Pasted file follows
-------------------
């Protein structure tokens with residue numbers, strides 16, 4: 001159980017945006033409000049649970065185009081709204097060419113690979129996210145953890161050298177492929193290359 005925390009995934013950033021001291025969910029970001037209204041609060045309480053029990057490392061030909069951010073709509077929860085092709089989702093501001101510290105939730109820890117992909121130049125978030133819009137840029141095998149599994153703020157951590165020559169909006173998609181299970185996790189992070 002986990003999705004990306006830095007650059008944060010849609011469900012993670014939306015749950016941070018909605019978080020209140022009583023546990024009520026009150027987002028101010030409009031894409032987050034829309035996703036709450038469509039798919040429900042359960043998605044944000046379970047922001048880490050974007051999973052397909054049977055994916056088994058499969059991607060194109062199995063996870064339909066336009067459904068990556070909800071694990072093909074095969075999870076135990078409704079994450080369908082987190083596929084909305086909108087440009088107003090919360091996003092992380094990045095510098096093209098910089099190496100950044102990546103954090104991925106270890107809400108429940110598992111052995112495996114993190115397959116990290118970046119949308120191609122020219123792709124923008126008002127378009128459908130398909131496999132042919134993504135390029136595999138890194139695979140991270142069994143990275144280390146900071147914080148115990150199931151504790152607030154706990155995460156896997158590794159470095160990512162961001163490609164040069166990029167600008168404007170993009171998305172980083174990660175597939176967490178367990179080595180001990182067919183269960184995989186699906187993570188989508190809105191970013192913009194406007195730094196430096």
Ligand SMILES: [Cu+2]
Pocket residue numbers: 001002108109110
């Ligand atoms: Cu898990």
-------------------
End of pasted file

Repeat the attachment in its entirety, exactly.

């Protein structure tokens with residue numbers, strides 16, 4: 001159980017945006033409000049649970065185009081709204097060419113690979129996210145953890161050298177492929193290359 005925390009995934013950033021001291025969910029970001037209204041609060045309480053029990057490392061030909069951010073709509077929860085092709089989702093501001101510290105939730109820890117992909121130049125978030133819009137840029141095998149599994153703020157951590165020559169909006173998609181299970185996790189992070 002986990003999705004990306006830095007650059008944060010849609011469900012993670014939306015749950016941070018909605019978080020209140022009583023546990024009520026009150027987002028101010030409009031894409032987050034829309035996703036709450038469509039798919040429900042359960043998605044944000046379970047922001048880490050974007051999973052397909054049977055994916056088994058499969059991607060194109062199995063996870064339909066336009067459904068990556070909800071694990072093909074095969075999870076135990078409704079994450080369908082987190083596929084909305086909108087440009088107003090919360091996003092992380094990045095510098096093209098910089099190496100950044102990546103954090104991925106270890107809400108429940110598992111052995112495996114993190115397959116990290118970046119949308120191609122020219123792709124923008126008002127378009128459908130398909131496999132042919134993504135390029136595999138890194139695979140991270142069994143990275144280390146900071147914080148115990150199931151504790152607030154706990155995460156896997158590794159470095160990512162961001163490609164040069166990029167600008168404007170993009171998305172980083174990660175597939176967490178367990179080595180001990182067919183269960184995989186699906187993570188989508190809105191970013192913009194406007195730094196430096």
Ligand SMILES: [Cu+2]
Pocket residue numbers: 001002108109110
């Ligand atoms: Cu898990």